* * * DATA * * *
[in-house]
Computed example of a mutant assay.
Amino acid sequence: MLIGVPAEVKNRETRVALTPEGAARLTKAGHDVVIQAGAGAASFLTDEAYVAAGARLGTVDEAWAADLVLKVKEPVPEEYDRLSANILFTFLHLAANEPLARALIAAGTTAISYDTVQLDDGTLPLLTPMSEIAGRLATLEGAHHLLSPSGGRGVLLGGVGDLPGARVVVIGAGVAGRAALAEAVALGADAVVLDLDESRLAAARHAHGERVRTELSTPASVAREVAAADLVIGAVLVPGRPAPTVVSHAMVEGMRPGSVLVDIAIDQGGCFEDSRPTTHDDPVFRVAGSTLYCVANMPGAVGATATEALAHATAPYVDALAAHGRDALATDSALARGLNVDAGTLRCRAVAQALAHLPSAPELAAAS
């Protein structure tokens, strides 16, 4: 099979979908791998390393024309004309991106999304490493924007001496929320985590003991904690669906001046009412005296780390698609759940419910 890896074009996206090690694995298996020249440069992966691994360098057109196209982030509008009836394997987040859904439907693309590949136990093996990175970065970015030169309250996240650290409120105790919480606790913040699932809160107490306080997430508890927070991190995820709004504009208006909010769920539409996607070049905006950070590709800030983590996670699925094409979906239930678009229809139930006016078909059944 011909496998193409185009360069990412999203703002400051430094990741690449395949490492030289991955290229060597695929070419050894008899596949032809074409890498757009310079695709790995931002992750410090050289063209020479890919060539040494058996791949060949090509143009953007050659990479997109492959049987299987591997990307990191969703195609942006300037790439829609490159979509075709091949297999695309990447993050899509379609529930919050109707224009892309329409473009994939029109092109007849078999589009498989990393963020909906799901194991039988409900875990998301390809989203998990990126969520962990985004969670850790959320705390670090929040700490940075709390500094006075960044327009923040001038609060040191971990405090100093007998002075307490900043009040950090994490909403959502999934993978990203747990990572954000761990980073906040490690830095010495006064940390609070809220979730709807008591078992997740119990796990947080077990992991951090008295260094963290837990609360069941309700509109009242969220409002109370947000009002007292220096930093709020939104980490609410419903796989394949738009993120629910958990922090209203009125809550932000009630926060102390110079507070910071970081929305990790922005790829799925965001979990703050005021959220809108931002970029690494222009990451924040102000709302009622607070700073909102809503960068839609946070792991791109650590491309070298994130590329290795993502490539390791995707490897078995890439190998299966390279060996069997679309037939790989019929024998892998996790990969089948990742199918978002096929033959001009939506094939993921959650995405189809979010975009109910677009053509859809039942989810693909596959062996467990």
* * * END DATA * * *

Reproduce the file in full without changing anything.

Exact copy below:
[in-house]
Computed example of a mutant assay.
Amino acid sequence: MLIGVPAEVKNRETRVALTPEGAARLTKAGHDVVIQAGAGAASFLTDEAYVAAGARLGTVDEAWAADLVLKVKEPVPEEYDRLSANILFTFLHLAANEPLARALIAAGTTAISYDTVQLDDGTLPLLTPMSEIAGRLATLEGAHHLLSPSGGRGVLLGGVGDLPGARVVVIGAGVAGRAALAEAVALGADAVVLDLDESRLAAARHAHGERVRTELSTPASVAREVAAADLVIGAVLVPGRPAPTVVSHAMVEGMRPGSVLVDIAIDQGGCFEDSRPTTHDDPVFRVAGSTLYCVANMPGAVGATATEALAHATAPYVDALAAHGRDALATDSALARGLNVDAGTLRCRAVAQALAHLPSAPELAAAS
């Protein structure tokens, strides 16, 4: 099979979908791998390393024309004309991106999304490493924007001496929320985590003991904690669906001046009412005296780390698609759940419910 890896074009996206090690694995298996020249440069992966691994360098057109196209982030509008009836394997987040859904439907693309590949136990093996990175970065970015030169309250996240650290409120105790919480606790913040699932809160107490306080997430508890927070991190995820709004504009208006909010769920539409996607070049905006950070590709800030983590996670699925094409979906239930678009229809139930006016078909059944 011909496998193409185009360069990412999203703002400051430094990741690449395949490492030289991955290229060597695929070419050894008899596949032809074409890498757009310079695709790995931002992750410090050289063209020479890919060539040494058996791949060949090509143009953007050659990479997109492959049987299987591997990307990191969703195609942006300037790439829609490159979509075709091949297999695309990447993050899509379609529930919050109707224009892309329409473009994939029109092109007849078999589009498989990393963020909906799901194991039988409900875990998301390809989203998990990126969520962990985004969670850790959320705390670090929040700490940075709390500094006075960044327009923040001038609060040191971990405090100093007998002075307490900043009040950090994490909403959502999934993978990203747990990572954000761990980073906040490690830095010495006064940390609070809220979730709807008591078992997740119990796990947080077990992991951090008295260094963290837990609360069941309700509109009242969220409002109370947000009002007292220096930093709020939104980490609410419903796989394949738009993120629910958990922090209203009125809550932000009630926060102390110079507070910071970081929305990790922005790829799925965001979990703050005021959220809108931002970029690494222009990451924040102000709302009622607070700073909102809503960068839609946070792991791109650590491309070298994130590329290795993502490539390791995707490897078995890439190998299966390279060996069997679309037939790989019929024998892998996790990969089948990742199918978002096929033959001009939506094939993921959650995405189809979010975009109910677009053509859809039942989810693909596959062996467990």